# 5.2.15 Case study: Financing a mortgage

From: Financial Consumer Agency of Canada

Kemal and Andrea have found a house and made an offer for \$364,000—expensive, but they think it's within their budget. Their mortgage lender has agreed to lend them \$339,000, the purchase price less their \$25,000 down payment, at an interest rate of 4.5 percent. The lender has asked them to review the mortgage documents and choose the payment terms. "This is hard to sort out," Andrea says. "It's hard to choose among all the options," Kemal agrees. They use the Financial Consumer Agency of Canada's Mortgage Calculator to compare them.

• With 12 monthly payments of \$1,876.27 per year, the calculator shows Kemal and Andrea will have paid \$223,881.99 in interest and \$339,000 to repay the principal, for a total of \$562,881.99 after 25 years.
• If they chose a 20-year amortization period, their monthly payments would be \$2,137.07—more than they have budgeted. Over the 20-year period, they will pay \$173,897.63 in interest, plus the principal, for a total of \$512,897.63. With a 20-year amortization period, their payments will be about \$261 more per month, but \$49,984.36 lower in total—and they'll be debt-free five years sooner. It sounds great, but it's more than the \$2,000 they had budgeted. They're not sure they could afford it.
• The calculator allows Kemal and Andrea to look at non-monthly payment schedules. For example, they receive their paycheques every two weeks. If they choose an "accelerated biweekly" plan—that is, paying half of the monthly payment every two weeks—their total cost after a 25-year amortization period will be \$528,929.30, a saving of \$33,952 over the standard 25-year term. That's because their payment is applied to the principal sooner, and they make an extra payment every year by paying on the biweekly schedule.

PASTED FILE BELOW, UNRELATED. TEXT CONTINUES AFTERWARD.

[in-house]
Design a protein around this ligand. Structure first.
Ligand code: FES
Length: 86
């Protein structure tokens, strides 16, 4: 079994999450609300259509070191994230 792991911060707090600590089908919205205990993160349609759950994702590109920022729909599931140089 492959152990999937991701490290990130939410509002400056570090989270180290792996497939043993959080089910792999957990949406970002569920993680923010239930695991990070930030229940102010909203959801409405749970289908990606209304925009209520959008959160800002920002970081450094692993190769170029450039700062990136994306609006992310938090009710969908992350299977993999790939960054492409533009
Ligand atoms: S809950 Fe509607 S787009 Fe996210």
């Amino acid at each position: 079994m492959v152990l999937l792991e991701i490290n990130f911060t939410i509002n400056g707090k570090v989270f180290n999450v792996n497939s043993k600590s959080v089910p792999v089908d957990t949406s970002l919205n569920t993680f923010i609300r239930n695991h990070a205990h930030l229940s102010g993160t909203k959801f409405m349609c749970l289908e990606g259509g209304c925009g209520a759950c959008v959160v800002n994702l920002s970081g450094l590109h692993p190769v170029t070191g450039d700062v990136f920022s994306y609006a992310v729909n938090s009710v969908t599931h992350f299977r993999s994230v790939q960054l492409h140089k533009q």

Kemal and Andrea compare a number of options. They feel that by watching their spending, they can afford the accelerated biweekly payment schedule. "Saving over \$33,000 will make up for the difference in our monthly budget," Andrea tells Kemal. And when the five-year term ends, they may be able to afford higher payments to pay off the mortgage faster.

Amortization period

25- year term

20- year term

25-year term

Principal

\$339,000

\$339,000

\$339,000

Payment

Monthly: \$1,876.27 per month

Monthly: \$2,137.07 per month

Accelerated biweekly: \$938.14 every two weeks

Number of payments

300

240

564

Total interest paid

\$223,881.99

\$173,897.63

\$189,929.30

## Tip

Kemal and Andrea are planning to spend most of their money, and they may not have left enough for costs such as mortgage default insurance, taxes, legal costs and moving. These can add several thousand dollars to the cost of a new home. Be sure to check for any extra costs that apply when you consider a mortgage.

Lessons Andrea and Kemal learned:

• Online calculators can help you understand and compare the effect of different financial options.
• Shorter amortization periods and accelerated payments can significantly cut the interest cost of a mortgage.

Plan for your own mortgage with the Financial Consumer Agency of Canada's Mortgage Calculator and Mortgage Qualifier Tool. Enter the information for your current mortgage, or for a mortgage you expect to take out. Compare the possible options by choosing different selections from those given and decide which would best suit your needs.

Please select all that apply:

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